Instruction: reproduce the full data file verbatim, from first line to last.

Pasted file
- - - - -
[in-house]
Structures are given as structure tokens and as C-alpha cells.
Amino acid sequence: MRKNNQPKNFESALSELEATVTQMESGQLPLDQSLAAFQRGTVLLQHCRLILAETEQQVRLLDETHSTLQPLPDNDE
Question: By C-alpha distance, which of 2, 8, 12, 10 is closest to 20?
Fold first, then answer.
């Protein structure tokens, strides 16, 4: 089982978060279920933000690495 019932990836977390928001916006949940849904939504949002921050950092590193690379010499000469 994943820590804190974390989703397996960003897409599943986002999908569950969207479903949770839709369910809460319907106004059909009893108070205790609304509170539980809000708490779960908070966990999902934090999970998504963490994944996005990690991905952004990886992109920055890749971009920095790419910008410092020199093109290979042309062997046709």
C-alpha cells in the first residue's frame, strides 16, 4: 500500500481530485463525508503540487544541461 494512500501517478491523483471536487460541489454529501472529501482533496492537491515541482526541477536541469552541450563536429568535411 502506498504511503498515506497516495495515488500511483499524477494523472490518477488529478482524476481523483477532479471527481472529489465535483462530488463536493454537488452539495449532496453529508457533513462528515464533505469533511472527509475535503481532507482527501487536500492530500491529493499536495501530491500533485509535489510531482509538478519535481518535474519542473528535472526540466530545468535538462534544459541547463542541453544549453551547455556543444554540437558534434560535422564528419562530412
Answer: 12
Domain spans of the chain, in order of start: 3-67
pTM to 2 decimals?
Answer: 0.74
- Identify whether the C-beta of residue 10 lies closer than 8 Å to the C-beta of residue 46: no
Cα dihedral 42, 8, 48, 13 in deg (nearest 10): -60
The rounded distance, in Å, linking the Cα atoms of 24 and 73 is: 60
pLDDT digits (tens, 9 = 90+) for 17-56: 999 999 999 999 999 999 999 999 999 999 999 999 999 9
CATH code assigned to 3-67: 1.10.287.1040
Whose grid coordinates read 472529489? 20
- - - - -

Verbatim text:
[in-house]
Structures are given as structure tokens and as C-alpha cells.
Amino acid sequence: MRKNNQPKNFESALSELEATVTQMESGQLPLDQSLAAFQRGTVLLQHCRLILAETEQQVRLLDETHSTLQPLPDNDE
Question: By C-alpha distance, which of 2, 8, 12, 10 is closest to 20?
Fold first, then answer.
């Protein structure tokens, strides 16, 4: 089982978060279920933000690495 019932990836977390928001916006949940849904939504949002921050950092590193690379010499000469 994943820590804190974390989703397996960003897409599943986002999908569950969207479903949770839709369910809460319907106004059909009893108070205790609304509170539980809000708490779960908070966990999902934090999970998504963490994944996005990690991905952004990886992109920055890749971009920095790419910008410092020199093109290979042309062997046709």
C-alpha cells in the first residue's frame, strides 16, 4: 500500500481530485463525508503540487544541461 494512500501517478491523483471536487460541489454529501472529501482533496492537491515541482526541477536541469552541450563536429568535411 502506498504511503498515506497516495495515488500511483499524477494523472490518477488529478482524476481523483477532479471527481472529489465535483462530488463536493454537488452539495449532496453529508457533513462528515464533505469533511472527509475535503481532507482527501487536500492530500491529493499536495501530491500533485509535489510531482509538478519535481518535474519542473528535472526540466530545468535538462534544459541547463542541453544549453551547455556543444554540437558534434560535422564528419562530412
Answer: 12
Domain spans of the chain, in order of start: 3-67
pTM to 2 decimals?
Answer: 0.74
- Identify whether the C-beta of residue 10 lies closer than 8 Å to the C-beta of residue 46: no
Cα dihedral 42, 8, 48, 13 in deg (nearest 10): -60
The rounded distance, in Å, linking the Cα atoms of 24 and 73 is: 60
pLDDT digits (tens, 9 = 90+) for 17-56: 999 999 999 999 999 999 999 999 999 999 999 999 999 9
CATH code assigned to 3-67: 1.10.287.1040
Whose grid coordinates read 472529489? 20